489 years ago today, Martin Luther nailed his 95 Theses to the door of a church at Wittenburg, somewhat similar to posting a notice on a university bulletin board today. I think it’s safe to say that Luther had no idea that these theses would be the “spark that kindled the explosion” of the Reformation. “While these theses are far from expressing the full round of Luther’s thought, they display certain principles which would have revolutionary import” (A History of the Christian Church). Never underestimate the power of ideas with revolutionary impact given the right conditions. The ideas spread quickly thanks to a newfangled invention – the printing press. “The 95 Theses were quickly translated into German, printed, and widely copied, making the controversy one of the first in history to be fanned by the printing press. Within two weeks, the theses had spread throughout Germany; within two months throughout Europe. In contrast, the response of the papacy was painstakingly slow.” Technologies that spread ideas can be dangerously useful. The impulse behind the Reformation is captured by the Latin phrase semper reformanda, which means “always reforming.” Dan Edelen asks:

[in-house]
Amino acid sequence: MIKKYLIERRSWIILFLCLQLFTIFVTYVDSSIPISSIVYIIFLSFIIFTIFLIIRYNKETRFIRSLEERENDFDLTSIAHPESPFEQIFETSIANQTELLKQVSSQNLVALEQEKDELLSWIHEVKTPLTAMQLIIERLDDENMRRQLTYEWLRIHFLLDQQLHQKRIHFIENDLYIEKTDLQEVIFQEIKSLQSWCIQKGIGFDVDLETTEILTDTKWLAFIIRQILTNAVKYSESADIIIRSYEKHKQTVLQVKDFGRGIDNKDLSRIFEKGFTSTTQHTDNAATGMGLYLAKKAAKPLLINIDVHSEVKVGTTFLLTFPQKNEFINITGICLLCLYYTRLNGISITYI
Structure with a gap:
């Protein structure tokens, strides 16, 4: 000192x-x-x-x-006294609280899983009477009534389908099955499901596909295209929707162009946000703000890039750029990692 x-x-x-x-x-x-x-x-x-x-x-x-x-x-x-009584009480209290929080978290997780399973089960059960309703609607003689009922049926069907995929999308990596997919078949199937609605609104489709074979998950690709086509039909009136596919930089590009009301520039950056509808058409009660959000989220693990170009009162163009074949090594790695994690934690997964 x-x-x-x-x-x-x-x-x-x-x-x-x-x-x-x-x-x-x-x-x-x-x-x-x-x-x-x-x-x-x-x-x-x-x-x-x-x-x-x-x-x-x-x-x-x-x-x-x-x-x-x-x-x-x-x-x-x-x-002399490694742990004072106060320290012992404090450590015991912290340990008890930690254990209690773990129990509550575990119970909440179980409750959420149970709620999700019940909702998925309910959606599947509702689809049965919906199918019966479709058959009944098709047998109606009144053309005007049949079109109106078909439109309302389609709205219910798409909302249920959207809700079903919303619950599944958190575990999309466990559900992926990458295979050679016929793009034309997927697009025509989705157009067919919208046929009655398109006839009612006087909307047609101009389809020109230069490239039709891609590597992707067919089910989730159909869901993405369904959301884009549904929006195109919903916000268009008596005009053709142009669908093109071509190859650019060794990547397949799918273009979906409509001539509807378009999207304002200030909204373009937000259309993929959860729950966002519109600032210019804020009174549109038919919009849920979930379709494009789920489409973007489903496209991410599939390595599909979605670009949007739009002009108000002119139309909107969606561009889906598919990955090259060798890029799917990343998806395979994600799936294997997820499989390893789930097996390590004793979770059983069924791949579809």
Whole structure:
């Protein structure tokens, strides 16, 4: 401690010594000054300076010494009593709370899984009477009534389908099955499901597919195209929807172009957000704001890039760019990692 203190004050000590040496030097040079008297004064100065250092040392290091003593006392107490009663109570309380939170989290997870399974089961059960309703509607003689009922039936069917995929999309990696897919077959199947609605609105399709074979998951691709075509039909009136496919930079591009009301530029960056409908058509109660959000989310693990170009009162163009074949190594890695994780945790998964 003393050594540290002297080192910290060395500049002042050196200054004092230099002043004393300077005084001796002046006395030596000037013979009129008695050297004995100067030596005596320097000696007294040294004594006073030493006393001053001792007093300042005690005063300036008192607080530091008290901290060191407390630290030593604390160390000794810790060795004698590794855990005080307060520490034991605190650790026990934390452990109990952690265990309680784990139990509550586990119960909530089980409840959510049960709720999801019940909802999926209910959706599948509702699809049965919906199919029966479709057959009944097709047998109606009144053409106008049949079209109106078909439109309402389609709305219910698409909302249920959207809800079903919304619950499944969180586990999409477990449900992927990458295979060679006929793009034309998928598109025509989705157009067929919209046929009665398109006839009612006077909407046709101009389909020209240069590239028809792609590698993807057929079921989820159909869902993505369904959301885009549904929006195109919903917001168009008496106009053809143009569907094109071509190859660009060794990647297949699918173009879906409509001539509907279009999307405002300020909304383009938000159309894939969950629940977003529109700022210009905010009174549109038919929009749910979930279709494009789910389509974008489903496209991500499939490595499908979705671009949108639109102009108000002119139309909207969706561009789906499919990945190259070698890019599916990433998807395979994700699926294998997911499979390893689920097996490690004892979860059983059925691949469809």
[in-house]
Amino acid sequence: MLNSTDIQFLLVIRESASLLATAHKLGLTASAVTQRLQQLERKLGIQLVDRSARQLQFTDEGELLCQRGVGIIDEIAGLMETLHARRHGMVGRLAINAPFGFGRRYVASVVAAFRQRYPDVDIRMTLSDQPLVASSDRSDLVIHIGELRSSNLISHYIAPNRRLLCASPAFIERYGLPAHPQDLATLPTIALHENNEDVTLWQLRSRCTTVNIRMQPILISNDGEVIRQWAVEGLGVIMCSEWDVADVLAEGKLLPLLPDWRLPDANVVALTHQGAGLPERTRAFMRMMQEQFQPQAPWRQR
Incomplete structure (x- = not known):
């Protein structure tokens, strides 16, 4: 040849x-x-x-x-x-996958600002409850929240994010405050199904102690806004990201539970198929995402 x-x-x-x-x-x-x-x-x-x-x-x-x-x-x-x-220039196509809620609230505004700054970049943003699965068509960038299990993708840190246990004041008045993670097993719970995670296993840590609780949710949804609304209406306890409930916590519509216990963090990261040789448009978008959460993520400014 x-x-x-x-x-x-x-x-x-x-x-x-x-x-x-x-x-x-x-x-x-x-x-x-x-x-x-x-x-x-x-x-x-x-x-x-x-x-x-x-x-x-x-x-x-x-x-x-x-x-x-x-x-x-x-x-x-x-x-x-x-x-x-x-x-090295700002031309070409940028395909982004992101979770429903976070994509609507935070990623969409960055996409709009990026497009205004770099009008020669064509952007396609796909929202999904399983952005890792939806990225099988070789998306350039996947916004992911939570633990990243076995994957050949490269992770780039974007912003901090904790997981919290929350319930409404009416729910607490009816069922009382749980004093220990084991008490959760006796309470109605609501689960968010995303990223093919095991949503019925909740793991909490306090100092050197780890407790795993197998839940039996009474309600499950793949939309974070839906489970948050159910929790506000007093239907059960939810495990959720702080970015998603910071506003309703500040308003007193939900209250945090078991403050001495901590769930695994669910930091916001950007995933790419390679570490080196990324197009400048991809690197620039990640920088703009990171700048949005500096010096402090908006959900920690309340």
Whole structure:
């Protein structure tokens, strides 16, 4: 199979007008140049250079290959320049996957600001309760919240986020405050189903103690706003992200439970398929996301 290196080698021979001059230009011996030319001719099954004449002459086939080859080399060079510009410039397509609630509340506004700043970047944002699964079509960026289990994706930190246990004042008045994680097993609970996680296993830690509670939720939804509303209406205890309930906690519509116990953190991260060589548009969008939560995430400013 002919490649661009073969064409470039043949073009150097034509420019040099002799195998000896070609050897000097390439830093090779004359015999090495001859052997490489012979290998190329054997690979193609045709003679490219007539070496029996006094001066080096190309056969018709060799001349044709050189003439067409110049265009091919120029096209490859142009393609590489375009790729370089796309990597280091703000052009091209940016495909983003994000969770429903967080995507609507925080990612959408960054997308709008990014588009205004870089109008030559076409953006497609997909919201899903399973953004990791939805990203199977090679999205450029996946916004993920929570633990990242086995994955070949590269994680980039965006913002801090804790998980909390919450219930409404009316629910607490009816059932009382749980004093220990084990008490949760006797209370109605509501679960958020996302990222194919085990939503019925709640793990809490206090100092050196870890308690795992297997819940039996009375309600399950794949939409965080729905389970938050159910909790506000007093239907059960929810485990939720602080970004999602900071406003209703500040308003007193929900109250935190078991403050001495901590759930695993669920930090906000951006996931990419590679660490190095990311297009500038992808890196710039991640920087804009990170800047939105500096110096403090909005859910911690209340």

Too many of us Protestants have capped Christianity at the Reformation. We believe that nothing more can come out of Christ’s Church than what we got out of the Reformation nearly five hundred years ago. In some ways, we’re like the fifty-year-old shoe salesman at K-Mart who once quarterbacked his high-school team to a state championship. Our entirely lives revolve around that day when we threw the winning touchdown. We relive it, revel in it, and on and on. But we let that one event in time become the be all and end all of our existence. It can never get better than that time, nor can we ever let it possibly come close. But oh what we may be missing because we can’t see the opportunities that lie before us today! Don’t get me wrong. I supremely value the Reformation. I also supremely value practicing what we preach and asking if we need a new reformation even better than the old one. Now what church will let me nail that to their door today?